Alex Healing, via Wikimedia Commons
Robot battling was poised to become a true sport of the future. It had all the right elements: mad science, gladiatorial combat, plucky garage inventors, and televised action. So what killed it? A brutally effective, utterly simple machine called the wedge bot.
The wedge-style bot killed robot wars because it was invincible, which in the end made it boring. Yesterday SB Nation published a fascinating full history of BattleBots, which is a great, though giant, read.
But the mechanical evil that is the wedge bot deserves special attention. Competitions originally focused on robots using arms and blades and blunt objects to bash and slash and break each other apart. Wedge Bots had one simple, cunning attack: slide a wedge under another robot, flip it onto its back, and watch it flail about like a dying cockroach. Here is the timeline of how it managed to make killer robot duels boring.
An exhibition and competition of garage-built robot warriors begins in San Francisco. Wedge bots are mercifully absent.
The wedge bot premiers! Compared with its blade-swinging, hammer-bashing competitors, it is a unique and clever alternative. No one knew what to make of it. It won handily, with speed and novelty making up for its admittedly dull design. Watch the death of the sport below:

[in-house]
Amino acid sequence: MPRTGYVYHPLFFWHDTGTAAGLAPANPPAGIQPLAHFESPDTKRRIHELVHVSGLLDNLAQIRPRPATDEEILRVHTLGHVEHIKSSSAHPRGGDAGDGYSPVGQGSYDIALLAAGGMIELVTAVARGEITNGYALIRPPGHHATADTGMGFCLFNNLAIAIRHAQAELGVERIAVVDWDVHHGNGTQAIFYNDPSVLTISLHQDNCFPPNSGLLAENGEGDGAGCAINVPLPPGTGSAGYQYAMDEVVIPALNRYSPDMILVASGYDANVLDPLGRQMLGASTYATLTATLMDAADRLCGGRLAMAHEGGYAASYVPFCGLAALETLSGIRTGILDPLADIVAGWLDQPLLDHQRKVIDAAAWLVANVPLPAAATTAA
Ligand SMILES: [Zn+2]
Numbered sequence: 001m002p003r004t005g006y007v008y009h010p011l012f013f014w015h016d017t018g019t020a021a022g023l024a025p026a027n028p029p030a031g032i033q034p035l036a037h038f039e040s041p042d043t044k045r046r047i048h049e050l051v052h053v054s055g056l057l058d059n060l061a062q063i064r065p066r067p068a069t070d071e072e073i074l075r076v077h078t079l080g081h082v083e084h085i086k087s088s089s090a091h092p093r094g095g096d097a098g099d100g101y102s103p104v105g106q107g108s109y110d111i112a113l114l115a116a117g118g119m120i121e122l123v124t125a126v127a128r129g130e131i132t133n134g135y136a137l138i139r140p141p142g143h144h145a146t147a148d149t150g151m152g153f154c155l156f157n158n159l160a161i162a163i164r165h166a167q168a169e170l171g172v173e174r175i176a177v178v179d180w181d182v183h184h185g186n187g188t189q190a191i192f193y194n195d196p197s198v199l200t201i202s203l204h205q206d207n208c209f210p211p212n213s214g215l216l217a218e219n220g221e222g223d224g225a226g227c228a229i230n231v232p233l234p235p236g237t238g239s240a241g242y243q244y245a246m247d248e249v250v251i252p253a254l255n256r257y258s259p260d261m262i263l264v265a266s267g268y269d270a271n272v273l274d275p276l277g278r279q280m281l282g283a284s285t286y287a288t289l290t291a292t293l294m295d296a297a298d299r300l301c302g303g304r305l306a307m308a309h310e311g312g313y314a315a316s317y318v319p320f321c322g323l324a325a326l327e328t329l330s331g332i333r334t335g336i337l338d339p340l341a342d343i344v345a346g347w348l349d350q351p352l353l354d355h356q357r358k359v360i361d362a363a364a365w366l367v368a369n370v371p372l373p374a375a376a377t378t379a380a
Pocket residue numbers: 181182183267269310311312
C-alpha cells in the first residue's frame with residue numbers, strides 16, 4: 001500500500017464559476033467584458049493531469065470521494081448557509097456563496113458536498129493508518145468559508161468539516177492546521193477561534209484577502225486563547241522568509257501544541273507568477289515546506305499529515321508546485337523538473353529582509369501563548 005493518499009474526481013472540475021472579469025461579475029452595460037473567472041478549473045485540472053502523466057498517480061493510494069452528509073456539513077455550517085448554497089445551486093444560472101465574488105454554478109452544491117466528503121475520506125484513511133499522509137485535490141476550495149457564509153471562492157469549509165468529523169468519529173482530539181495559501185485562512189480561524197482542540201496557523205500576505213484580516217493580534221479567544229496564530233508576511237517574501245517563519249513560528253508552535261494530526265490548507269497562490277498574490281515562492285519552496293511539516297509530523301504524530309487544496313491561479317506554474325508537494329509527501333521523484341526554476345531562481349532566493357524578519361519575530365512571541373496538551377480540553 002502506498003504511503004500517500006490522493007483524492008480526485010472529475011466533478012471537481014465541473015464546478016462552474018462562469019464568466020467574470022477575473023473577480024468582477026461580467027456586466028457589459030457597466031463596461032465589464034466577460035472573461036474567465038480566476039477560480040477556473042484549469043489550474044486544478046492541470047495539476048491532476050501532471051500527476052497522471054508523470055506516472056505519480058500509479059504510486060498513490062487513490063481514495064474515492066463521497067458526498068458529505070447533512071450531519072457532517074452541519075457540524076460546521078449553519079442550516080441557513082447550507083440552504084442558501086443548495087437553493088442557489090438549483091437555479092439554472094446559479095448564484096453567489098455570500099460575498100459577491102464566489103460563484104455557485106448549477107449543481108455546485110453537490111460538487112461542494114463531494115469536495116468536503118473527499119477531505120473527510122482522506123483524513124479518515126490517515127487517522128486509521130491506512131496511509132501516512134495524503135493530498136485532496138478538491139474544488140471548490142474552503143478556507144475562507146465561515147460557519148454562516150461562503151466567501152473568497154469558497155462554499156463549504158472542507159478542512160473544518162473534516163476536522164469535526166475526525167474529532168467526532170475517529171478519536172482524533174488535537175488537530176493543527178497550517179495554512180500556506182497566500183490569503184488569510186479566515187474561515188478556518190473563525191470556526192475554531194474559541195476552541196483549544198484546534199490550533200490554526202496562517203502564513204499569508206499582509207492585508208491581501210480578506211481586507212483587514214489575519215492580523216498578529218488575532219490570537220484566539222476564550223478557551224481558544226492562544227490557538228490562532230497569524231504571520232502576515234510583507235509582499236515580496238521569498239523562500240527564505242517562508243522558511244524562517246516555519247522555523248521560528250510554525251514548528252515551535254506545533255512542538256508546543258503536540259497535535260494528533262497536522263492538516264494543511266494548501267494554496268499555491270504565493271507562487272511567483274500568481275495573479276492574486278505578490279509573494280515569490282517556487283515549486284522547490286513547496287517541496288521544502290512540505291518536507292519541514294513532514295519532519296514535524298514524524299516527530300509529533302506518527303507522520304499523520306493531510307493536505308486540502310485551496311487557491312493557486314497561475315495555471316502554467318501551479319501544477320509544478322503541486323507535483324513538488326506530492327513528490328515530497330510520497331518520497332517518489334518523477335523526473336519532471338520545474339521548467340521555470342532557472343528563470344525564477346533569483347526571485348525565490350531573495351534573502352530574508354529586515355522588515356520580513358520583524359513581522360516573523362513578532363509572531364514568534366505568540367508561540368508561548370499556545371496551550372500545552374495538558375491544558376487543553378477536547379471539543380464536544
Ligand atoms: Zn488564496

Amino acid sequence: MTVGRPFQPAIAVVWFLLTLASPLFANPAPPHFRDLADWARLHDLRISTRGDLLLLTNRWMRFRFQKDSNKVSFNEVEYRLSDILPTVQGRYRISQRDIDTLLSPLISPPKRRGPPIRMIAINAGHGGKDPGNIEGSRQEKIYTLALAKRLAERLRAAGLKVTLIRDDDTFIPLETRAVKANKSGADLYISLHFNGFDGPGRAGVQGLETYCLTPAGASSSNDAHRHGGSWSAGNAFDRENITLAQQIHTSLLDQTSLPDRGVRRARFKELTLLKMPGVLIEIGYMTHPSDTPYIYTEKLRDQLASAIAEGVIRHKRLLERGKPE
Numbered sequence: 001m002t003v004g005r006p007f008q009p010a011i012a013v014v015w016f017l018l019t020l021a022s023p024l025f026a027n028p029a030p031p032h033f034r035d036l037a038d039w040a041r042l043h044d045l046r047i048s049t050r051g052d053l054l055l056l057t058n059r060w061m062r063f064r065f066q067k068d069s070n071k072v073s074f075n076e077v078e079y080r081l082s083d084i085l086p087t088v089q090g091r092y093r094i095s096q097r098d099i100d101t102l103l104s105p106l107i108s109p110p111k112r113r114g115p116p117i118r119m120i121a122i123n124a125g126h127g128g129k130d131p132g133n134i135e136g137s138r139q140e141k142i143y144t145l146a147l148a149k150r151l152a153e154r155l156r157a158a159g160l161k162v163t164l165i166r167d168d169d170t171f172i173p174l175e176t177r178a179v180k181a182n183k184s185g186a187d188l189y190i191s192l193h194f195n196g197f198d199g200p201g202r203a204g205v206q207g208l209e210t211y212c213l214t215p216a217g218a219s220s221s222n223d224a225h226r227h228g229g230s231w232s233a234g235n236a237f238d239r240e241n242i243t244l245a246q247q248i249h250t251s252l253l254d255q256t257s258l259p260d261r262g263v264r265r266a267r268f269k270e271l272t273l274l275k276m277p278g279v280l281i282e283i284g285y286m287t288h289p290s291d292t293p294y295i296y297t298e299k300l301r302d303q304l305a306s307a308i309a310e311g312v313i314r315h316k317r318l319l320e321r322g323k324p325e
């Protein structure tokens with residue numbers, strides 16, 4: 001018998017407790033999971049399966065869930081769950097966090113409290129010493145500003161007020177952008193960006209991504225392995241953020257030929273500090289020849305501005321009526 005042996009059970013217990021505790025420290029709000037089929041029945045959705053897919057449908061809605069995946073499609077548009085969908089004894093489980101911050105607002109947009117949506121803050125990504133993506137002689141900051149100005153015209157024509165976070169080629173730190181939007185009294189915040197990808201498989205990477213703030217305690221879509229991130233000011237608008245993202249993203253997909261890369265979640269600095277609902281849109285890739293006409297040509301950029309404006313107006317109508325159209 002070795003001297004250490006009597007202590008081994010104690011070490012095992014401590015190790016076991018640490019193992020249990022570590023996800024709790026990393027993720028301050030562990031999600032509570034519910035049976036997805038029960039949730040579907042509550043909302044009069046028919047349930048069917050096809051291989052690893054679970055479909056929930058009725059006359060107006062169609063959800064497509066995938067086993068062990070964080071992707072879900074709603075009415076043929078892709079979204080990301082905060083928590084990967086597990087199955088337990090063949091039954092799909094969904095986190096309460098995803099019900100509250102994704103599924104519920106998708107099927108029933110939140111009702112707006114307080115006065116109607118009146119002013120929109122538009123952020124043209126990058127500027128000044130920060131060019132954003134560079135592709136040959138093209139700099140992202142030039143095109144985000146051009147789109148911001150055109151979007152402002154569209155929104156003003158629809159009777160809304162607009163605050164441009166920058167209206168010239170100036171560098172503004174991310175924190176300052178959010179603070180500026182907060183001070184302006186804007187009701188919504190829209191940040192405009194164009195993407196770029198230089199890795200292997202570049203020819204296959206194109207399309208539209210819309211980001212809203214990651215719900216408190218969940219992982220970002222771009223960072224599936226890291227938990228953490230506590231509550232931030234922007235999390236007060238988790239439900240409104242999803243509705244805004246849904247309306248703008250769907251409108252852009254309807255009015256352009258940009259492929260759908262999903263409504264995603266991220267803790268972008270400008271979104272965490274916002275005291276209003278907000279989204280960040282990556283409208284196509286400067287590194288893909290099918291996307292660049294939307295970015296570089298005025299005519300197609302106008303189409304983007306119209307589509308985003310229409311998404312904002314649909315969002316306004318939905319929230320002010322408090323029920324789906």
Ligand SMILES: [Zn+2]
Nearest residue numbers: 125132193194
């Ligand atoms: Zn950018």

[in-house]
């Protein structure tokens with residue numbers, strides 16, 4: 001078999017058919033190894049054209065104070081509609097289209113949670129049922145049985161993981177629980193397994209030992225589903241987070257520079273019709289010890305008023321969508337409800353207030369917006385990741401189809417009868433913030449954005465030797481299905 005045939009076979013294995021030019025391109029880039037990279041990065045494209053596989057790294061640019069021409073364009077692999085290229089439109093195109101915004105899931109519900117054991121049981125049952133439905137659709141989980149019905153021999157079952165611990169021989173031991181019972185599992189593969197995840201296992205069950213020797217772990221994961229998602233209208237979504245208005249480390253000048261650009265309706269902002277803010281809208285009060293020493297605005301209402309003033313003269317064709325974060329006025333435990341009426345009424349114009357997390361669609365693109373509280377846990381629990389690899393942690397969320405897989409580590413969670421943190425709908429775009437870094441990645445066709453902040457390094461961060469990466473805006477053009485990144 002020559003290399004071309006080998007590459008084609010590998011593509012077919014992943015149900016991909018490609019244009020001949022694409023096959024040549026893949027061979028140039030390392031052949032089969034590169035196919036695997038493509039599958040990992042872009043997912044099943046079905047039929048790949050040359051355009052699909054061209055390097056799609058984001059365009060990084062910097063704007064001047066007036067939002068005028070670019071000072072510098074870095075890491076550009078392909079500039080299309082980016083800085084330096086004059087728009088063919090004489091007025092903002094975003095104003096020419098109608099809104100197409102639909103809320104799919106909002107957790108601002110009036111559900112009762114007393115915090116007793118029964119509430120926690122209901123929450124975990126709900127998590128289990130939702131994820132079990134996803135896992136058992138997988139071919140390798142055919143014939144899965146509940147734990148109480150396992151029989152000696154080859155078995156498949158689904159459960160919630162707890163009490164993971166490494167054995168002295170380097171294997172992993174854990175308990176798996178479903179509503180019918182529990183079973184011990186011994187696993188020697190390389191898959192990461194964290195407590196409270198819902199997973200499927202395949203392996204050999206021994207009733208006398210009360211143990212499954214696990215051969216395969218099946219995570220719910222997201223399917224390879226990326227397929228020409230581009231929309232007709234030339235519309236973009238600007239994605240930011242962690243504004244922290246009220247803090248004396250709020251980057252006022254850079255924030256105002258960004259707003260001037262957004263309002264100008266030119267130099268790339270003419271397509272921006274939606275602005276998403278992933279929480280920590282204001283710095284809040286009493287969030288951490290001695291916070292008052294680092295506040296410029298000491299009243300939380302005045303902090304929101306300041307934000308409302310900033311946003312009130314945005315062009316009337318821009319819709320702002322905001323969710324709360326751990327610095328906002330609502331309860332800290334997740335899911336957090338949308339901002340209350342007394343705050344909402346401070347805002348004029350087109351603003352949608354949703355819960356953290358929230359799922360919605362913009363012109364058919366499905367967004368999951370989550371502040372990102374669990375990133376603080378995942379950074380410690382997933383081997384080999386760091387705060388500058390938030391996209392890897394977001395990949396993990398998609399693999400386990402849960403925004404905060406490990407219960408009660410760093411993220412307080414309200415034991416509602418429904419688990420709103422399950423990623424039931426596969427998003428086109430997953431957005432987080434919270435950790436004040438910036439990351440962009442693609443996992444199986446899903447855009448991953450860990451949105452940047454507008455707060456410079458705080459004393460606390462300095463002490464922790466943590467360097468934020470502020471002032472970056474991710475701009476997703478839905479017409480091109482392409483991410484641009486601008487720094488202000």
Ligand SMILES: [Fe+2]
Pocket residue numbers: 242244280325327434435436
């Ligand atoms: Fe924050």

BBC creates a “Robot Wars” TV show that lasts for five years. Wedges are a constant presence.
Televised robot competition “BattleBots” starts airing on Comedy Central. By the time the show ended in 2002, “robot Darwinism,” the term coined by battling robot pioneer Pete Abrahamson, has left the field with only three major robot archetypes:
1. Lifters, which had wedged sides and could use forklift-like prongs to flip pure wedges.
2. Spinners, which were smooth, circular wedges with blades on their bottom side for disabling and breaking lifters.
3. Pure wedges, which could still flip spinners.
What should have been an exciting, diverse sport is stuck at rock paper scissors.
Noting the design dead-end created by “BattleBots” constraints on weight, size, and power, SyFy channel show “Robot Fighting League” premiers, with an important, wedge-proof requirement: all robots must be bipedal.
Not only does “Robot Fighting League” ban wedge robots, but all of the machines are created by the same designer. If robot Darwinism made the game boring, maybe robot intelligent design can keep it intresting.
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